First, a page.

No Cost Actions that works

Here is a list of actions you can take in order to save energy at home.

Bad advice about energy savings

Here are some of the bad advice about saving money an on electric bill we found during our modeling. These actions will save you little or no money in the process. Do not waste time doing these.



At the end, you should be very skeptical about free energy saving advice you get off the internet. We can only win the fight against climate change, and save money on the electric bill if we work together. Please share this article with your friends. Help them better understand how to save energy at home.

What is life after all? A global unity movement.

Here is a list Energy savings $/yr, it was asked by a commenter on our Most efficient way to save energy and money article.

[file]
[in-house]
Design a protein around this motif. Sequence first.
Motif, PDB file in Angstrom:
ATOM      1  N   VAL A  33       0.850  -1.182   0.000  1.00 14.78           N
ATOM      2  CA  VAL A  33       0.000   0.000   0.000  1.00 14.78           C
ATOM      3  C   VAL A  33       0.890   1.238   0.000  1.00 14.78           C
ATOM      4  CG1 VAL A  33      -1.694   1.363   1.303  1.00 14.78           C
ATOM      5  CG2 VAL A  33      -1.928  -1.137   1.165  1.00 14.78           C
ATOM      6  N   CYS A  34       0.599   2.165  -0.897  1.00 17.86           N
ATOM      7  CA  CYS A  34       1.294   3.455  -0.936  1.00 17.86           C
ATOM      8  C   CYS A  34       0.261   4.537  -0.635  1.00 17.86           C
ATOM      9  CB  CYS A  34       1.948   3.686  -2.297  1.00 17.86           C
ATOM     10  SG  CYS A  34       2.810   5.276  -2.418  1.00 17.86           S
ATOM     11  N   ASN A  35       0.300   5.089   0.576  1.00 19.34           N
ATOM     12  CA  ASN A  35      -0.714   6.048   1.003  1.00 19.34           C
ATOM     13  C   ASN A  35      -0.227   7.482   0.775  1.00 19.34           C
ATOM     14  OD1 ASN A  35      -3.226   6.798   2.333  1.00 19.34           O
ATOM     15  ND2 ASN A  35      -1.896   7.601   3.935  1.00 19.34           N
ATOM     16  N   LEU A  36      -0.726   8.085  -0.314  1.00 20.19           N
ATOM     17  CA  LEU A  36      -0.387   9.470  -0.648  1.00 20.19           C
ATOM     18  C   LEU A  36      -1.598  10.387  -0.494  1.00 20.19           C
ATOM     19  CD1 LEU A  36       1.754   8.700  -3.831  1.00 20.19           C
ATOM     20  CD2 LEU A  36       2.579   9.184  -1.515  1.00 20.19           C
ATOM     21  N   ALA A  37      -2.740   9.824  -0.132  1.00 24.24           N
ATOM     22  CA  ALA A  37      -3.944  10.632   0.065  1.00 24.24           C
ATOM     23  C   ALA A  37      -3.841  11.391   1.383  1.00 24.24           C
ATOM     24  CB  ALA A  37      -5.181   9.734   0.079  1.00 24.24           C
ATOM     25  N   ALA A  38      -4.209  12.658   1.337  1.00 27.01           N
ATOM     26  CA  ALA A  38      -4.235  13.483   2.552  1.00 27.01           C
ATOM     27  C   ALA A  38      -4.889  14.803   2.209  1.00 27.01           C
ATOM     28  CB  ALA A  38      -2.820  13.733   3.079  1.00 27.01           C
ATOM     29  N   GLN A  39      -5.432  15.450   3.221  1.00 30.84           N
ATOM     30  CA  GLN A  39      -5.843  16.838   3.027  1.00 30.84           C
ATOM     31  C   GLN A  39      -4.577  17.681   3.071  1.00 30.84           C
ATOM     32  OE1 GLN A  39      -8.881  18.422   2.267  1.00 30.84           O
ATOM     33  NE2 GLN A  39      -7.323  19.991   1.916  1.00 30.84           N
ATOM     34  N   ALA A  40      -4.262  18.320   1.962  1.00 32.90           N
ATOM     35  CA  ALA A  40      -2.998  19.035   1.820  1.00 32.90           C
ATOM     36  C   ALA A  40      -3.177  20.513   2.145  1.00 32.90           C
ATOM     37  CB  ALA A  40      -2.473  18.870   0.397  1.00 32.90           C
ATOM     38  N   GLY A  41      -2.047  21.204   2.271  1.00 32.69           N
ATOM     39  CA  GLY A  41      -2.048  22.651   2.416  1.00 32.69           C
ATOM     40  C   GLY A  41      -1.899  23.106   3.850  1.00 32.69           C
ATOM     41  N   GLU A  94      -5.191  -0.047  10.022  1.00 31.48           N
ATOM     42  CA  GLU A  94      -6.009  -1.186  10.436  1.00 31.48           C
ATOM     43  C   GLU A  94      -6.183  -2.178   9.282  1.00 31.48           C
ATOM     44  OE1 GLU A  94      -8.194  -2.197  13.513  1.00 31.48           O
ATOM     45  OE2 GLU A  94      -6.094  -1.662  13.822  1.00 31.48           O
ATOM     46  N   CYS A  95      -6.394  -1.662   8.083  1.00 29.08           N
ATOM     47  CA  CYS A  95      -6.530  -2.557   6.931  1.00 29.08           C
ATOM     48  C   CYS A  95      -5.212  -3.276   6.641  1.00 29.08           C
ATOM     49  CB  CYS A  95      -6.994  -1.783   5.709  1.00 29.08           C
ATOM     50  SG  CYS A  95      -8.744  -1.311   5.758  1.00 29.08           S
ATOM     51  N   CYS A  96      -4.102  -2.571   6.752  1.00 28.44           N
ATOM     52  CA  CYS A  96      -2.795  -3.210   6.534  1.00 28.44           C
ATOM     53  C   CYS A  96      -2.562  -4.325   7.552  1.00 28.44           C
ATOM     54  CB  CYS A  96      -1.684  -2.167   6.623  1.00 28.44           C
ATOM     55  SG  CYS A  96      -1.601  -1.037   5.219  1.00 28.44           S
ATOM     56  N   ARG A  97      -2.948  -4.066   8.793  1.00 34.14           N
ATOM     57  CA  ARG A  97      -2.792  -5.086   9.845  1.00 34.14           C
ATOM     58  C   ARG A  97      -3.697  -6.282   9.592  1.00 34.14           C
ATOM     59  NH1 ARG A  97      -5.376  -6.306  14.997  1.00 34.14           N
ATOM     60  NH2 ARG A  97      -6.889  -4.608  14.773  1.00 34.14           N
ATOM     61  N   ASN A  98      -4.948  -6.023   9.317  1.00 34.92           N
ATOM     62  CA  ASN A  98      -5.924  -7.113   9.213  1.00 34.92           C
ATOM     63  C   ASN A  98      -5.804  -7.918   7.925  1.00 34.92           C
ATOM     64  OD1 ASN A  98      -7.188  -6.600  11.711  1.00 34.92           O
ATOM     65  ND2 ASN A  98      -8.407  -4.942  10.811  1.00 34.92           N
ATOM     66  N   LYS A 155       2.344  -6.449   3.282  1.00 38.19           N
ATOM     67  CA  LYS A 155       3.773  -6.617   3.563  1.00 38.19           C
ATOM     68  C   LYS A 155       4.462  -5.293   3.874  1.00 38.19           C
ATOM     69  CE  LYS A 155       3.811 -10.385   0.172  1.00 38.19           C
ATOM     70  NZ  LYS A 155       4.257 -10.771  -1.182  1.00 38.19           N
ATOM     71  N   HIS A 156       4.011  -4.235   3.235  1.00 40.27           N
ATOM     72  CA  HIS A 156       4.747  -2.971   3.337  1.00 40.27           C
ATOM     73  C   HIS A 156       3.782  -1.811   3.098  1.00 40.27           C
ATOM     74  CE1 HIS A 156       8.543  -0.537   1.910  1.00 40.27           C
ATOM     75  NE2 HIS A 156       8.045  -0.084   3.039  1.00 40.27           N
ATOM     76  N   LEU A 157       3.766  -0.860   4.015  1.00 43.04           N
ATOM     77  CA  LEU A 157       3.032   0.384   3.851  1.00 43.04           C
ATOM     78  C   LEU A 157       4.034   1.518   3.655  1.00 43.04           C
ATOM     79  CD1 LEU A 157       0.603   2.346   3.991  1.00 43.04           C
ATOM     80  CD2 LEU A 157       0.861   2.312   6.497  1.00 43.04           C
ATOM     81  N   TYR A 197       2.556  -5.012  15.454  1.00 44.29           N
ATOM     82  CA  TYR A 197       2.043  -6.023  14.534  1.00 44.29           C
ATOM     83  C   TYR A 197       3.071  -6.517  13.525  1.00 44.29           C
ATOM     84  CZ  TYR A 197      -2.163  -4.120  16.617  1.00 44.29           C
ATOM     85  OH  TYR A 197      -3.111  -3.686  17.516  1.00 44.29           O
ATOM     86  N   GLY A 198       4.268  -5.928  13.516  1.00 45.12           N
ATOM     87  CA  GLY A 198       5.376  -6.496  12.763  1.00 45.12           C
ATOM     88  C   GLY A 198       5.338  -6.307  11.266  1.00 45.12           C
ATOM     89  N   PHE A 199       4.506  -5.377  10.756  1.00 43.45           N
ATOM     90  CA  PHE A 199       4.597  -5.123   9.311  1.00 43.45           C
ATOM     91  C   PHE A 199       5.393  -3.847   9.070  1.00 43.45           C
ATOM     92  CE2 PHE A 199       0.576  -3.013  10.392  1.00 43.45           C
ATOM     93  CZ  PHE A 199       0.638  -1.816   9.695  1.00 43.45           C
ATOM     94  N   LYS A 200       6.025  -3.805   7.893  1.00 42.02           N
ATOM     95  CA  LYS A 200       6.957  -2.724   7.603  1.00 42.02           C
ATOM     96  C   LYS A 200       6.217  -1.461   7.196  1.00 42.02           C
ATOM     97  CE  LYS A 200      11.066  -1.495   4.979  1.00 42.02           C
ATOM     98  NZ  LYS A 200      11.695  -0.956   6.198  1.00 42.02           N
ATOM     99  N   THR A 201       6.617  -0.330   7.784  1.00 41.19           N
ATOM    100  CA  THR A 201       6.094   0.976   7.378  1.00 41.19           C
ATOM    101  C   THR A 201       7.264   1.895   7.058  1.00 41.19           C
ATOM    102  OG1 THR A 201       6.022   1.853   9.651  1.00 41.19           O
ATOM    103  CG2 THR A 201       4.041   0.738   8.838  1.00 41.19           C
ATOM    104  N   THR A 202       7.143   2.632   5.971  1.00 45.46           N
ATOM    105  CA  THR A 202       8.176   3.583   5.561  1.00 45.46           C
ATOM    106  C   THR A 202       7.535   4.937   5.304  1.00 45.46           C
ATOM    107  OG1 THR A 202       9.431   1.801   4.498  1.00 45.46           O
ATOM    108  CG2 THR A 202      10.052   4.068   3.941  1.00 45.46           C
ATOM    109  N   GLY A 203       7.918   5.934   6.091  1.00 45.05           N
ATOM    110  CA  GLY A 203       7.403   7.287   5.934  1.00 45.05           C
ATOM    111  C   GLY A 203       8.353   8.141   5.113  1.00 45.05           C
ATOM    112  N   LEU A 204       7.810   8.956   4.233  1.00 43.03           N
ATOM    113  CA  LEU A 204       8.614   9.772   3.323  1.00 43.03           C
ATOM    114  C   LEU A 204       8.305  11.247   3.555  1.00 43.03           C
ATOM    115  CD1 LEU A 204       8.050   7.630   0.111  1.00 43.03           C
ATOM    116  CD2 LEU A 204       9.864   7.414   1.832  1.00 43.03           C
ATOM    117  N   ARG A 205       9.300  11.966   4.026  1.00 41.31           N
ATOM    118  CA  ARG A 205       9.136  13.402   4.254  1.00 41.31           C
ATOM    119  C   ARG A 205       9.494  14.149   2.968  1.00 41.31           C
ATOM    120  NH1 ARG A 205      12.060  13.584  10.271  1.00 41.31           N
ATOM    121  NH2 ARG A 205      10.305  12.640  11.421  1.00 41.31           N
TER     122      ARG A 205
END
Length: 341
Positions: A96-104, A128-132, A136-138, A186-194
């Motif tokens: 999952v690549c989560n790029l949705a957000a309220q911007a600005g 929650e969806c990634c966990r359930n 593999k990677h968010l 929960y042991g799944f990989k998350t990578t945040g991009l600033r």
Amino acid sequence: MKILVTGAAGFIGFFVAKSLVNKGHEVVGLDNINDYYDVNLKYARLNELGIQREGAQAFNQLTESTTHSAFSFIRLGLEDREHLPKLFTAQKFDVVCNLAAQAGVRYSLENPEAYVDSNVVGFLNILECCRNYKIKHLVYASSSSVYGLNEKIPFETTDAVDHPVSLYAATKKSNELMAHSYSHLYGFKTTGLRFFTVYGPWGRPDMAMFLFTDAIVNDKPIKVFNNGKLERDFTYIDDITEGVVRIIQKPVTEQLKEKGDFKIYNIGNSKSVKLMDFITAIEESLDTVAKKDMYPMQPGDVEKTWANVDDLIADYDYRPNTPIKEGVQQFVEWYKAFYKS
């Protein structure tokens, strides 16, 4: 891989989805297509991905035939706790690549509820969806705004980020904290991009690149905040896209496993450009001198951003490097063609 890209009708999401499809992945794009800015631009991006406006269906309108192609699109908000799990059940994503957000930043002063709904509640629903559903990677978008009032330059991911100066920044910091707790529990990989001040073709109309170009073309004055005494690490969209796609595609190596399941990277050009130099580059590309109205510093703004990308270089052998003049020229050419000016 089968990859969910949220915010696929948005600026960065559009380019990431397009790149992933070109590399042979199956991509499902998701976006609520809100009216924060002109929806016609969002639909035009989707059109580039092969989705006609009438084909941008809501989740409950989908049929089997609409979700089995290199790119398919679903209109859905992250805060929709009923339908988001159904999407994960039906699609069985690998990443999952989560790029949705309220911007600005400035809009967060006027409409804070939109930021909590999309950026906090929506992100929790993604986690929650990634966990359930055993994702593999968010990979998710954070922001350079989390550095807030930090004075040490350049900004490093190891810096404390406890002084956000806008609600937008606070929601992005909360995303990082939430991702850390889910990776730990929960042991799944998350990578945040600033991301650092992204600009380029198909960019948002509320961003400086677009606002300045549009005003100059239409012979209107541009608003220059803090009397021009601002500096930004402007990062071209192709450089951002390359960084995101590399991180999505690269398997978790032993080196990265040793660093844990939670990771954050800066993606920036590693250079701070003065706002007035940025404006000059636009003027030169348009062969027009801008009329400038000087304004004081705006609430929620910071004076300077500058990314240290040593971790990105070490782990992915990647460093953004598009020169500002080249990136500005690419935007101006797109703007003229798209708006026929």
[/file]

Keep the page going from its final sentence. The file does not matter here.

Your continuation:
• EPA’s Energy Star site
  • Affordable Comfort Inc. national & regional conferences for efficiency contractors, researchers, and policymakers many handouts from conferences available free
  • Home Energy Magazine good archive of older articles on wide variety of topics
    look up your refrigerator’s rated usage at
  • ACEEE (American Council for an Energy-Efficient Economy) Technical resource and advocacy group
  • Advanced Energy (North Carolina) good building science knowledge library, but the southern orientation
  • €Building Science Corporation (Westford, MA) Extensive info about how houses work, how they fail, how they should be built, etc..
  • Berkeley CoolClimate Calculator – CoolClimate Network

  • Lawrence Berkeley National Laboratory